The periodic or occasional feed air flow disturbance into the plant causes liquid within the column or columns of the air separation plant to drain down the column internals and fall into the sump of the column, or at least to flow to a lower level within the column compared to steady operation, thereby causing the column to operate inefficiently, i.e. with a high height per equivalent theoretical plate (HETP).
Accordingly it is an object of this invention to provide a cryogenic air separation system which can operate efficiently despite periodic or occasional feed air flow disturbances into the plant.
The above and other objects, which will become apparent to one skilled in the art upon a reading of this disclosure, are attained by the present invention, one aspect of which is:
A method for carrying out cryogenic rectification of feed air comprising:
(A) passing feed air containing high boiling impurities to a prepurifier system and removing high boiling impurities from the feed air in the prepurifier system to produce clean feed air;
(B) flowing the clean feed air from the prepurifier system to a cryogenic air separation plant comprising at least one column and having mesh packing with mesh packing openings in at least some portion of at least one column;
(C) operating the prepurifier system in a manner so as to cause occasional disturbances in the flow of clean feed air from the prepurifier system to the cryogenic air separation plant; and
(D) carrying out countercurrent vapor/liquid cryogenic rectification within the column(s) to produce at least one product from the feed air while retaining liquid within the mesh packing openings during the said disturbances in the flow of clean feed air from the prepurifier system to the cryogenic air separation plant.
Another aspect of the invention is:
An apparatus for carrying out cryogenic rectification of feed air comprising:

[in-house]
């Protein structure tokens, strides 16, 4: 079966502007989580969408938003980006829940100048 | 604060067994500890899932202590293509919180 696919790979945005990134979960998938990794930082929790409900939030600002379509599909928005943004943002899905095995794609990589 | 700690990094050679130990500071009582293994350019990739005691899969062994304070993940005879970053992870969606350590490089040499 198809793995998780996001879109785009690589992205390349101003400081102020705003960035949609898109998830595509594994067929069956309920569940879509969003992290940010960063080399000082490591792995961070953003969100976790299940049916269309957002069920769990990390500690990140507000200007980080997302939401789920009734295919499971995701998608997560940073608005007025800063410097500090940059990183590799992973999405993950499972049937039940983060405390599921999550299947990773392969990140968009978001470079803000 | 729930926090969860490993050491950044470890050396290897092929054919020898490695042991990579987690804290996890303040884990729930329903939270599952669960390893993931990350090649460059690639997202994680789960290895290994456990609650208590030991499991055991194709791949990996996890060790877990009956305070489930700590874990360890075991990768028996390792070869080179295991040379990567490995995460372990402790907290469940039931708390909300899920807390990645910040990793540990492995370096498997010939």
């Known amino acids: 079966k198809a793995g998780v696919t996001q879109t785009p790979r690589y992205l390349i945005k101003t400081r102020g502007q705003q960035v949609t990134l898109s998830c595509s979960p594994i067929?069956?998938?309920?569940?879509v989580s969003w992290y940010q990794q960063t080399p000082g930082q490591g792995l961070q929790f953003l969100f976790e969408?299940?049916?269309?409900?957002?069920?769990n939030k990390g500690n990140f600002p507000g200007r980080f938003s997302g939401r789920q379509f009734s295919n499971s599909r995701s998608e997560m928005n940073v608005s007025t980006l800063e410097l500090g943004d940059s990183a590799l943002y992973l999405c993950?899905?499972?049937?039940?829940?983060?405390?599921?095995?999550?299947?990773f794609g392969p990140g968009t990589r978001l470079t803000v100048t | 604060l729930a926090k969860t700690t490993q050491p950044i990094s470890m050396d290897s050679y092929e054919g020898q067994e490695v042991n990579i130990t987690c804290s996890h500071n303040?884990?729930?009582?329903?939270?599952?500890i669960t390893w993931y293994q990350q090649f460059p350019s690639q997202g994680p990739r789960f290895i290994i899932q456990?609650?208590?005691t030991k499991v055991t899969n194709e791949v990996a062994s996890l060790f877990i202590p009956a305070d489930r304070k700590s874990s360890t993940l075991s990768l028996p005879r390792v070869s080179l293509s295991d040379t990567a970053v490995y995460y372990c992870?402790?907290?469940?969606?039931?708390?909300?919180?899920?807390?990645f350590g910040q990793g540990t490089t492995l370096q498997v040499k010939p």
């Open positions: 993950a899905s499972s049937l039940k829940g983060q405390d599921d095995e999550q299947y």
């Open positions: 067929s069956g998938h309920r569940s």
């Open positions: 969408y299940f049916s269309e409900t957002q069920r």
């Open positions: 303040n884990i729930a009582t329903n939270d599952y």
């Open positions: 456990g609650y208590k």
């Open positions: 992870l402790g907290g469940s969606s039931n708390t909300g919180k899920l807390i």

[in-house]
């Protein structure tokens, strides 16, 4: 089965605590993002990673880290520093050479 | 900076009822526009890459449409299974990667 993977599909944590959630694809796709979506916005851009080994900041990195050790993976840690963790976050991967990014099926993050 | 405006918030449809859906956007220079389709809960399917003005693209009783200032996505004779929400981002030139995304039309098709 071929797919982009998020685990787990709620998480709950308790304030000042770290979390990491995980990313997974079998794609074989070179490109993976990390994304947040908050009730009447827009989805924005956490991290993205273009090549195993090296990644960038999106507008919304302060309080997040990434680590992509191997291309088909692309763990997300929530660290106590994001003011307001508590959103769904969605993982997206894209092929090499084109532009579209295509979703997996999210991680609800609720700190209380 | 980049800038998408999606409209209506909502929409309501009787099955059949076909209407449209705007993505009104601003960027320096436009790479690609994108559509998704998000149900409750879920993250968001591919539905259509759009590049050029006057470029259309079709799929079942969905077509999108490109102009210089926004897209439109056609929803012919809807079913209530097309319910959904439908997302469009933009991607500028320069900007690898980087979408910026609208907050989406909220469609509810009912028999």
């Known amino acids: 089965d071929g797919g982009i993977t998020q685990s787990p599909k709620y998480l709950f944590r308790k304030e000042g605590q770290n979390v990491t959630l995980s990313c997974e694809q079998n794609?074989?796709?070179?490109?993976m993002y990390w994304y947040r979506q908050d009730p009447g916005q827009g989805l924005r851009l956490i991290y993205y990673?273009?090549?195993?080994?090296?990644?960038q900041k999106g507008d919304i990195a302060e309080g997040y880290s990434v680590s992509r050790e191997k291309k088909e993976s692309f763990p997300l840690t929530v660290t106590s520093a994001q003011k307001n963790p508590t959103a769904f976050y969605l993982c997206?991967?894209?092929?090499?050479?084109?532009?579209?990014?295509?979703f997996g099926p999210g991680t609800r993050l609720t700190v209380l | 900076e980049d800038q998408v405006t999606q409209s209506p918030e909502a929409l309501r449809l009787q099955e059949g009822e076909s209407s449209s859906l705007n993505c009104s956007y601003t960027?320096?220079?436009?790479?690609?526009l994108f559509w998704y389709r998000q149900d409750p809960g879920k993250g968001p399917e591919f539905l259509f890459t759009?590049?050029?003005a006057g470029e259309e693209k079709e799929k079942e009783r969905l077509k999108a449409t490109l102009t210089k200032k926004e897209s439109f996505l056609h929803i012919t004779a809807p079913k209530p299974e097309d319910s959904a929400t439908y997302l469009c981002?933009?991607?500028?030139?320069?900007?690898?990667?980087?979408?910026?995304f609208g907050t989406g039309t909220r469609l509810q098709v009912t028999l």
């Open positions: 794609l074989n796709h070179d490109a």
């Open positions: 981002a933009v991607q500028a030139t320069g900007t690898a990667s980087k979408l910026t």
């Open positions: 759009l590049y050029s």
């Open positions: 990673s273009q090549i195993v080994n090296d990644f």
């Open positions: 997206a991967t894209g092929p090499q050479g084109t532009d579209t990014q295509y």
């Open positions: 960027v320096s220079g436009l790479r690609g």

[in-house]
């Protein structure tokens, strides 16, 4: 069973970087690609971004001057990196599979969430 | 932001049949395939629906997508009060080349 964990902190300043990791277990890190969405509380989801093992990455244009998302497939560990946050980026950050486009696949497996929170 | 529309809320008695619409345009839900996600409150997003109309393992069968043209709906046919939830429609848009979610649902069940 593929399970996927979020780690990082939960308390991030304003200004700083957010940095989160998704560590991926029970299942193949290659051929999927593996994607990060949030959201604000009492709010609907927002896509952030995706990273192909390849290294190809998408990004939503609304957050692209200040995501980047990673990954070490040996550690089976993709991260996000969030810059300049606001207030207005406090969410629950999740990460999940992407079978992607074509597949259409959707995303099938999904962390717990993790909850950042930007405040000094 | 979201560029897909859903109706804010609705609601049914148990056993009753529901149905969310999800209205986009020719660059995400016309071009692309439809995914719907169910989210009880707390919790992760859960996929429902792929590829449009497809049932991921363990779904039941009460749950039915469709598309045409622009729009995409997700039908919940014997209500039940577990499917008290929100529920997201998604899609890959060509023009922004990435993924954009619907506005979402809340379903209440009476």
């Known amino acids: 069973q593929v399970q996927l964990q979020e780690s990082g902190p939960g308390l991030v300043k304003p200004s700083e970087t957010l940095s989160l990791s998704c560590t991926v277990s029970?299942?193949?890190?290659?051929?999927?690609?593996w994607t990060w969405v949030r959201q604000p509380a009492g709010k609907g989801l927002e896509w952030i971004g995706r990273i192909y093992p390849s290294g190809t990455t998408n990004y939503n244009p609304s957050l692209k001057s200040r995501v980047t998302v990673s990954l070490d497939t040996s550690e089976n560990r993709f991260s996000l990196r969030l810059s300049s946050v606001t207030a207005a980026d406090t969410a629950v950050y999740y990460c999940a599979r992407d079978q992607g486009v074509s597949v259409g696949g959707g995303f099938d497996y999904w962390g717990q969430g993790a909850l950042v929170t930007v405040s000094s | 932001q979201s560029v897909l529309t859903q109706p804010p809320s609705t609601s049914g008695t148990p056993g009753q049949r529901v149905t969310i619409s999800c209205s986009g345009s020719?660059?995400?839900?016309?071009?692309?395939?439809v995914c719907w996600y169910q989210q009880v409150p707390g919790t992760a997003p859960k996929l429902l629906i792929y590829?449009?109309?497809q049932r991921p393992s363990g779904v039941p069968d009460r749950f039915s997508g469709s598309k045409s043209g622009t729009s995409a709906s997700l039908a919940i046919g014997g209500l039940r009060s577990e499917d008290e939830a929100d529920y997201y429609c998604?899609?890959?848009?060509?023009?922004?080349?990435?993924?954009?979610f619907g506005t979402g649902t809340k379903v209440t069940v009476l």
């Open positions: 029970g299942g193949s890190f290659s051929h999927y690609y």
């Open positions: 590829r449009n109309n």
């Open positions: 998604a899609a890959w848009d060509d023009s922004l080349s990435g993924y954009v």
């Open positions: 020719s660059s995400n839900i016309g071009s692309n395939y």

(A) a prepurifier system, means for providing feed air to the prepurifier system, and means for cleaning the prepurifier system so as to cause the prepurifier system to operate in a manner so as to cause feed air flow disturbances;
(B) a cryogenic air separation plant comprising at least one column, and means for flowing feed air from the prepurifier system to the cryogenic air separation plant;
(C) mesh packing having mesh packing openings in at least some portion of at least one column of the cryogenic air separation plant, said mesh packing openings capable of retaining liquid during said feed air flow disturbances; and
(D) means for recovering at least one product from the cryogenic air separation plant;
As used herein, the term "feed air" means a mixture comprising primarily nitrogen, oxygen and argon, such as ambient air.
As used herein the term "column" means a distillation or fractionation column or zone, i.e. a contacting column or zone, wherein liquid and vapor phases are countercurrently contacted to effect separation of a fluid mixture. For a further discussion of distillation columns, see the Chemical Engineer's Handbook, fifth edition, edited by R. H. Perry and C. H. Chilton, McGraw-Hill Book Company, New York, Section 13, The Continuous Distillation Process.